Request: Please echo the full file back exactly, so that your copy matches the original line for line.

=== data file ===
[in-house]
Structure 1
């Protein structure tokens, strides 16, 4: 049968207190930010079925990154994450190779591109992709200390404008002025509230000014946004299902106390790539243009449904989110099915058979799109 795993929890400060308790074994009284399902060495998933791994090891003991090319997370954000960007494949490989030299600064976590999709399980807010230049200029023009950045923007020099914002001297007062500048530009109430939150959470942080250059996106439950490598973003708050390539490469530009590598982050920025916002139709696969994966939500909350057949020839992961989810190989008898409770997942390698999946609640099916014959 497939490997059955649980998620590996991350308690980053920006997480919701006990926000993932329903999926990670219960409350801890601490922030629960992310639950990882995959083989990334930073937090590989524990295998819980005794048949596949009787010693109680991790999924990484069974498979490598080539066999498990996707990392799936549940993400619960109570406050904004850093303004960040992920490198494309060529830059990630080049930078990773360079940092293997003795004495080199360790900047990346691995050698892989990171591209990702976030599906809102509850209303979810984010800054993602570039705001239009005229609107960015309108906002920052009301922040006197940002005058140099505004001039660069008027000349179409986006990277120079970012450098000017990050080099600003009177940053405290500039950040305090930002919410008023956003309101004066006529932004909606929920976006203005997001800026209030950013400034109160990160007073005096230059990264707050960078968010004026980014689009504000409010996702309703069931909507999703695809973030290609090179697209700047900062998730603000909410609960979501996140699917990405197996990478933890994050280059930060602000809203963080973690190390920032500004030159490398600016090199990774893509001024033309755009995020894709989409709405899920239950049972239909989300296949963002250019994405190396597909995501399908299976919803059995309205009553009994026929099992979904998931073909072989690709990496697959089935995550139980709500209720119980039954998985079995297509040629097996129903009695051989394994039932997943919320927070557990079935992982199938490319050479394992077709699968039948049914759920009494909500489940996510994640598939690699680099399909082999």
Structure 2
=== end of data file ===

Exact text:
[in-house]
Structure 1
């Protein structure tokens, strides 16, 4: 049968207190930010079925990154994450190779591109992709200390404008002025509230000014946004299902106390790539243009449904989110099915058979799109 795993929890400060308790074994009284399902060495998933791994090891003991090319997370954000960007494949490989030299600064976590999709399980807010230049200029023009950045923007020099914002001297007062500048530009109430939150959470942080250059996106439950490598973003708050390539490469530009590598982050920025916002139709696969994966939500909350057949020839992961989810190989008898409770997942390698999946609640099916014959 497939490997059955649980998620590996991350308690980053920006997480919701006990926000993932329903999926990670219960409350801890601490922030629960992310639950990882995959083989990334930073937090590989524990295998819980005794048949596949009787010693109680991790999924990484069974498979490598080539066999498990996707990392799936549940993400619960109570406050904004850093303004960040992920490198494309060529830059990630080049930078990773360079940092293997003795004495080199360790900047990346691995050698892989990171591209990702976030599906809102509850209303979810984010800054993602570039705001239009005229609107960015309108906002920052009301922040006197940002005058140099505004001039660069008027000349179409986006990277120079970012450098000017990050080099600003009177940053405290500039950040305090930002919410008023956003309101004066006529932004909606929920976006203005997001800026209030950013400034109160990160007073005096230059990264707050960078968010004026980014689009504000409010996702309703069931909507999703695809973030290609090179697209700047900062998730603000909410609960979501996140699917990405197996990478933890994050280059930060602000809203963080973690190390920032500004030159490398600016090199990774893509001024033309755009995020894709989409709405899920239950049972239909989300296949963002250019994405190396597909995501399908299976919803059995309205009553009994026929099992979904998931073909072989690709990496697959089935995550139980709500209720119980039954998985079995297509040629097996129903009695051989394994039932997943919320927070557990079935992982199938490319050479394992077709699968039948049914759920009494909500489940996510994640598939690699680099399909082999």
Structure 2